Csharp Differences from JS
Note: text copied from a Unity Answers question: Syntax Differences in C#/JS
Unity's Guide to C# Scripting
First, here is Unity's C# list: Writing Scripts in C#. It covers things like differences in coroutine syntax, etc.
Other Differences in C#
s_LevelManager slm = tmp.GetComponent<s_LevelManager>(); int count = slm.getMyCount();
}</csharp> Note: unity iphone 1.6 now supports generics (it didn't before). If you want a more complete definition of Generics: MS Introduction to C# Generics
The Foreach Keyword
C# Iterators use foreach instead of for: <csharp>for (var x in someList) //JS
x.someVar = true;
foreach (GameObject x in someList) //C#
x.someVar = true;</csharp>
The New Keyword
In JS when creating a new object by calling its Class name, you just use the Class name, whereas C# requires the new keyword. Note - this includes creating new objects inside function calls: <csharp>var foo = Vector3(0,0,0); // JS Vector3 foo = new Vector3(0,0,0); // C# Instantiate(someObj, new Vector3(0,0,0), someRotation); // C#</csharp>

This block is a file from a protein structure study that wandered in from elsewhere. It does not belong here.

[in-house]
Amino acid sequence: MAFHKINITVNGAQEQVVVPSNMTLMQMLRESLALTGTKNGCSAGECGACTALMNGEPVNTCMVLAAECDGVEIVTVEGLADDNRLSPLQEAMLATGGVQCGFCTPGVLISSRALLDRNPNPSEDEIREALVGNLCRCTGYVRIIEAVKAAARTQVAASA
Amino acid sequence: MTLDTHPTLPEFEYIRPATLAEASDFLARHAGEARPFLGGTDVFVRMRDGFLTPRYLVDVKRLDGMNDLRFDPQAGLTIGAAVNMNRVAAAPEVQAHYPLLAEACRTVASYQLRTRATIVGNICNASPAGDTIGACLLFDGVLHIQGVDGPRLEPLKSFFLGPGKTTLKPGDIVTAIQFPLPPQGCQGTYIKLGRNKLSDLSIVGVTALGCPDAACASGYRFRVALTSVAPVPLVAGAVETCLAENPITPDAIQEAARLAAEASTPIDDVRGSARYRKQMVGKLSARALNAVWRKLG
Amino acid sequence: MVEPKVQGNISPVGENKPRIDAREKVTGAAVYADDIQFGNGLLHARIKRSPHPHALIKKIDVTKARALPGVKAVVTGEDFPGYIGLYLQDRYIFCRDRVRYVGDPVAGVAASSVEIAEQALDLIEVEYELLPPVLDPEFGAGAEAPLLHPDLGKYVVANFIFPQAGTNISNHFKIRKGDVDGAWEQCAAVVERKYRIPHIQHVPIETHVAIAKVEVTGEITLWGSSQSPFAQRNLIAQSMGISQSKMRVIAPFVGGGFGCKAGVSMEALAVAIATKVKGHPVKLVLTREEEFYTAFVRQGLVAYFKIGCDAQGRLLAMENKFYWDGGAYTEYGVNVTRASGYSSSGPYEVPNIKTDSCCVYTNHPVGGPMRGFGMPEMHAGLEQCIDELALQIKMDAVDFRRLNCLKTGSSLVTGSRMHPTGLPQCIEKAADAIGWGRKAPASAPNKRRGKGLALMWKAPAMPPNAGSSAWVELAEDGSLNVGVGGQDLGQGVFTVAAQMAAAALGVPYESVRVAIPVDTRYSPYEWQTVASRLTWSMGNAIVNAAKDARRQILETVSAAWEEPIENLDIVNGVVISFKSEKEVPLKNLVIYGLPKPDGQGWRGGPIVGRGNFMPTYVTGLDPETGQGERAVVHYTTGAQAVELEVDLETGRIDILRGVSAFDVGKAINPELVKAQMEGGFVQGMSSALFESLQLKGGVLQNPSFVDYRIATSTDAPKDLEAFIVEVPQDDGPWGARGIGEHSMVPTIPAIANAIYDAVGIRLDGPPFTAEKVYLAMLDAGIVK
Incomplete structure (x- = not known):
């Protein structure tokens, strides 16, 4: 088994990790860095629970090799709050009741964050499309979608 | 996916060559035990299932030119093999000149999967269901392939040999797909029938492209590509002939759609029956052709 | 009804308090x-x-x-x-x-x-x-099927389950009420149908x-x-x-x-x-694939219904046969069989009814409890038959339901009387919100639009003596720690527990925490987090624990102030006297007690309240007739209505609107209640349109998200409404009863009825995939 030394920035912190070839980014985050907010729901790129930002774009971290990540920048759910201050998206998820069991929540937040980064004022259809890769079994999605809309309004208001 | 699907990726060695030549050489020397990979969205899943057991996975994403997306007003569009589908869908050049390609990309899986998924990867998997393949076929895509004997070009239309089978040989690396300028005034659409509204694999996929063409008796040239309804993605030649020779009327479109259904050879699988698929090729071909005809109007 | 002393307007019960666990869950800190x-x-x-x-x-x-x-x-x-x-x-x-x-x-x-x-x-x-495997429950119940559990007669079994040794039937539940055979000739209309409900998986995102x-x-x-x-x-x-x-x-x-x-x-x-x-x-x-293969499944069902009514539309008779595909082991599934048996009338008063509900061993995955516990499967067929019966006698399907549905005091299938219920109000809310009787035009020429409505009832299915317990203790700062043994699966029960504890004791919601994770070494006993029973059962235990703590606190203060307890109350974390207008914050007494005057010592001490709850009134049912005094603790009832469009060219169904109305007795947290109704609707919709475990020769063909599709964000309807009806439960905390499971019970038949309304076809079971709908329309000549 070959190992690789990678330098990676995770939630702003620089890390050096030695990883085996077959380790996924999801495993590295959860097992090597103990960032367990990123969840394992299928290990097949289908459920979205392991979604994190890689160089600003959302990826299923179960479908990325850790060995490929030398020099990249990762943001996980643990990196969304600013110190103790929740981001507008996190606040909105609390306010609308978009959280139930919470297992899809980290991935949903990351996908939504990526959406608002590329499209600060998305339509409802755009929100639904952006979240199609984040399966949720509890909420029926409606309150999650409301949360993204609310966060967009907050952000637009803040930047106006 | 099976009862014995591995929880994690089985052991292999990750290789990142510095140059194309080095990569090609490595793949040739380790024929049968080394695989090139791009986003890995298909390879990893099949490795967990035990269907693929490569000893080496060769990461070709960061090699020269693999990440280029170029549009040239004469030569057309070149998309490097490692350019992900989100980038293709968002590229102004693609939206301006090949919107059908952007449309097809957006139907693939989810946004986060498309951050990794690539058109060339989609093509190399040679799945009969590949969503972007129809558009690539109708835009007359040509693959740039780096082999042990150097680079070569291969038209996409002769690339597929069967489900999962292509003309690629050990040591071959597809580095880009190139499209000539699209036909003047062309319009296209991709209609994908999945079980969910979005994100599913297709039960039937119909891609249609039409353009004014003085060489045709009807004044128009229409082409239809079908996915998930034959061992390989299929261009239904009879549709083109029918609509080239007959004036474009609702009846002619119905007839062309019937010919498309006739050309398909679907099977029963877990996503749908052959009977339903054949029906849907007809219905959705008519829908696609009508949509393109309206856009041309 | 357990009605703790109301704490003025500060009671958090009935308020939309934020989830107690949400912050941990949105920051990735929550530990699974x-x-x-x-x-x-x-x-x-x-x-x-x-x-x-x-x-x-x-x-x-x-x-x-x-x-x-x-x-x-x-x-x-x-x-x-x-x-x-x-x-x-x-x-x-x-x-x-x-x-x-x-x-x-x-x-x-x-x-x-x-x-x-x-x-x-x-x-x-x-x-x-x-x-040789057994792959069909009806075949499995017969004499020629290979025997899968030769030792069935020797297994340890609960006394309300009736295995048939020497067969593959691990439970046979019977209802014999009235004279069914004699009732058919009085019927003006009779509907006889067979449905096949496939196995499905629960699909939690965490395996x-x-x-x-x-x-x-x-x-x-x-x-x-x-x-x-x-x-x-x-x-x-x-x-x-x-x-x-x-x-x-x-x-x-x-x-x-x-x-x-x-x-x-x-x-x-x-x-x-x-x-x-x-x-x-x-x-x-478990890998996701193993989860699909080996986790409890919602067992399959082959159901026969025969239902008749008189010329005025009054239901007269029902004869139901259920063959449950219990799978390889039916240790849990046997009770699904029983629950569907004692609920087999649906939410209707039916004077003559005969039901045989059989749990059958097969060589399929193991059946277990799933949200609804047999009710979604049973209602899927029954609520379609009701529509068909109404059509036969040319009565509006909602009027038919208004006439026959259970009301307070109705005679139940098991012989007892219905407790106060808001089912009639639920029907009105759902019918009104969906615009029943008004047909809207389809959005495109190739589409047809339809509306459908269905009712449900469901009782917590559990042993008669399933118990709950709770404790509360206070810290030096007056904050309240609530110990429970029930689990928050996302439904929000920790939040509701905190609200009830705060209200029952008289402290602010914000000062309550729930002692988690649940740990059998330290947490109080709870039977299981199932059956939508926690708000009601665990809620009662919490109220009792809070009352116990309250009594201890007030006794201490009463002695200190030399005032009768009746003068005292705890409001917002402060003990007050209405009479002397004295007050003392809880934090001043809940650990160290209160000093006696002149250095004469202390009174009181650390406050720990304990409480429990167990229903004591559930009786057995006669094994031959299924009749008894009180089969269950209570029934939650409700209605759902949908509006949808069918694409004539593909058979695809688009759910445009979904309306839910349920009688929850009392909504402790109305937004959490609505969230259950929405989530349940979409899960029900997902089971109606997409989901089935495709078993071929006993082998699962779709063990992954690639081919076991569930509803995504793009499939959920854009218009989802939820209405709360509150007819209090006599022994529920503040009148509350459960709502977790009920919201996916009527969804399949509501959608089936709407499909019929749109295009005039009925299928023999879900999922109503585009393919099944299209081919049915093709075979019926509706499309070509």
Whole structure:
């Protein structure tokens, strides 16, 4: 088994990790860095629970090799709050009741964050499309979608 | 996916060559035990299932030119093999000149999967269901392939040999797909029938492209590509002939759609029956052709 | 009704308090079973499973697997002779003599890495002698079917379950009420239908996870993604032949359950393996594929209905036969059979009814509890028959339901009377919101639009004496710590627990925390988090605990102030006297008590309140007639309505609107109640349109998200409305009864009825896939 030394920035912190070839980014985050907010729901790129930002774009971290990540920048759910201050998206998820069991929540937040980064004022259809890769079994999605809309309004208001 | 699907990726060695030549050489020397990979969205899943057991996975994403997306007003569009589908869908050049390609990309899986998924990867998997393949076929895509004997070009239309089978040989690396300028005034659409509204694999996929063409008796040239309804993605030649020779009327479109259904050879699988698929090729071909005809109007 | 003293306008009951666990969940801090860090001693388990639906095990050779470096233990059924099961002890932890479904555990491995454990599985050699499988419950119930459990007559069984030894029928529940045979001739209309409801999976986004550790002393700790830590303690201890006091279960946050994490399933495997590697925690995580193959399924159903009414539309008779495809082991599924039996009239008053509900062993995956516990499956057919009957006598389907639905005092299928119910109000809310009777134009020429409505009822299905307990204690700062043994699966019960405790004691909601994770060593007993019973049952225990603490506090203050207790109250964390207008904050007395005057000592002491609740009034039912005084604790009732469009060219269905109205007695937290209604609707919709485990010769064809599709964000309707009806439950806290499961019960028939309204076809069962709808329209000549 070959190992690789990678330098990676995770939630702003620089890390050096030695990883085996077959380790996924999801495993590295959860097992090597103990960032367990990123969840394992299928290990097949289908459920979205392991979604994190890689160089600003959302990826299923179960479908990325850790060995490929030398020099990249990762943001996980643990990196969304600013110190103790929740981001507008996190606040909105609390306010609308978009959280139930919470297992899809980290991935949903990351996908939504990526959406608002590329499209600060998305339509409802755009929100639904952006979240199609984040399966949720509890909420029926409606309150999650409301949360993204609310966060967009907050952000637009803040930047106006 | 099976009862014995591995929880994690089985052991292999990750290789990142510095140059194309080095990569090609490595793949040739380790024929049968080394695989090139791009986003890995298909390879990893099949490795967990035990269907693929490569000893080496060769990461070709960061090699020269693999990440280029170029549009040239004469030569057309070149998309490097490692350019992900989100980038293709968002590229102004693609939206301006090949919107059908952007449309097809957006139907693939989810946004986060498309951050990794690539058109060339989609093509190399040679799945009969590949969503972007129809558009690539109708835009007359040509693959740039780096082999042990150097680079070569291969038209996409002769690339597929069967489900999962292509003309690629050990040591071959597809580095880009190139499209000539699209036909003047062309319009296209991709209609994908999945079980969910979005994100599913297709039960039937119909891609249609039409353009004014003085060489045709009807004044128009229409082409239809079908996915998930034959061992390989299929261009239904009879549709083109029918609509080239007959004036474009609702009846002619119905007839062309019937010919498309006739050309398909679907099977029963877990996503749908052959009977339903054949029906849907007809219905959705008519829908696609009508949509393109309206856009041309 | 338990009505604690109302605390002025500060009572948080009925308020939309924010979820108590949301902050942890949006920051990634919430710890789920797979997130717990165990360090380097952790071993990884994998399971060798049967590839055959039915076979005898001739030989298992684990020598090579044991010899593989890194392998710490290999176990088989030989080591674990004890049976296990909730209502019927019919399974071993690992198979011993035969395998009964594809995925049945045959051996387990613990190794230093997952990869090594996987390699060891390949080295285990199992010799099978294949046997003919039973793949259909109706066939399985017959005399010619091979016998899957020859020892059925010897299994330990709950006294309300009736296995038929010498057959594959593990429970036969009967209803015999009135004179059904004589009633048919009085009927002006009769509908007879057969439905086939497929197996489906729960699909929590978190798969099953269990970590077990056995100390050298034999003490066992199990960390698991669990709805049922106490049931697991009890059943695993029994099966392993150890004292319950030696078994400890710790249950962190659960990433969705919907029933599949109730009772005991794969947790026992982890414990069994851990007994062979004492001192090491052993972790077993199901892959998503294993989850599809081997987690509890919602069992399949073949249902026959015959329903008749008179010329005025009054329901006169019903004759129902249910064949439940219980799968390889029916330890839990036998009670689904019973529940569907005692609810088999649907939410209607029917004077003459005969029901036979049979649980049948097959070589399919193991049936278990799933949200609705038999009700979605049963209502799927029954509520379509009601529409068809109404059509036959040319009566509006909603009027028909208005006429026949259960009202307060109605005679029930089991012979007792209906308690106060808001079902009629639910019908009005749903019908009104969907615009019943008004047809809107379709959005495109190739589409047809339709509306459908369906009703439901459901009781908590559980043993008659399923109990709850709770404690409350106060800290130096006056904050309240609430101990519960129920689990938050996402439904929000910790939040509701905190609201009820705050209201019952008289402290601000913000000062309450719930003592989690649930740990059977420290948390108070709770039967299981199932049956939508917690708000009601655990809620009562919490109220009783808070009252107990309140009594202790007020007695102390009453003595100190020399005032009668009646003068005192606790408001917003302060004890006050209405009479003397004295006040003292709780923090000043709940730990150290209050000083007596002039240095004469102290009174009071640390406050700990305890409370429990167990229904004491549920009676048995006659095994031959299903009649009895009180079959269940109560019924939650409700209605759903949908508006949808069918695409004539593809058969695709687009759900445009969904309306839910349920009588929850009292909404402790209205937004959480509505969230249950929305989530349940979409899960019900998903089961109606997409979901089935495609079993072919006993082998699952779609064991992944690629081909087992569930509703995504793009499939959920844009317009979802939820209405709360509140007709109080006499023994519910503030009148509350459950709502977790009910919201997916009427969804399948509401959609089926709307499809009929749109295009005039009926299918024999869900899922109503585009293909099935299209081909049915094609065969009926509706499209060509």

Speaking of Instantiate() - it requires casting to use the returned object: <csharp>GameObject foo = Instantiate(someObj...); // JS GameObject foo = (GameObject) Instantiate(someObj...); // C# GameObject foo = Instantiate(someObj...) as GameObject; // C#2 </csharp> Note that there are two different ways of casting in C#. For the first line above - if the object can't be instantiated, it will throw an Exception. You would need to use a try/catch to properly handle it. The second line, if it fails, will set foo to null, and not throw an Exception. Then you would just need to test if the returned object was null or not.
Properties with Getters/Setters
In C#, it's possible to define special functions that can be accessed as if they were variables. For instance, I could say foo.someVar = "testing";, and under the hood, there's a get and set function that process the argument "testing" and store it internally. But - they could also do any other processing on it, for instance, capitalizing the first letter before storing it. So you're not just doing a variable assignment, you're calling a function that sets the variable, and it can do - whatever functions do.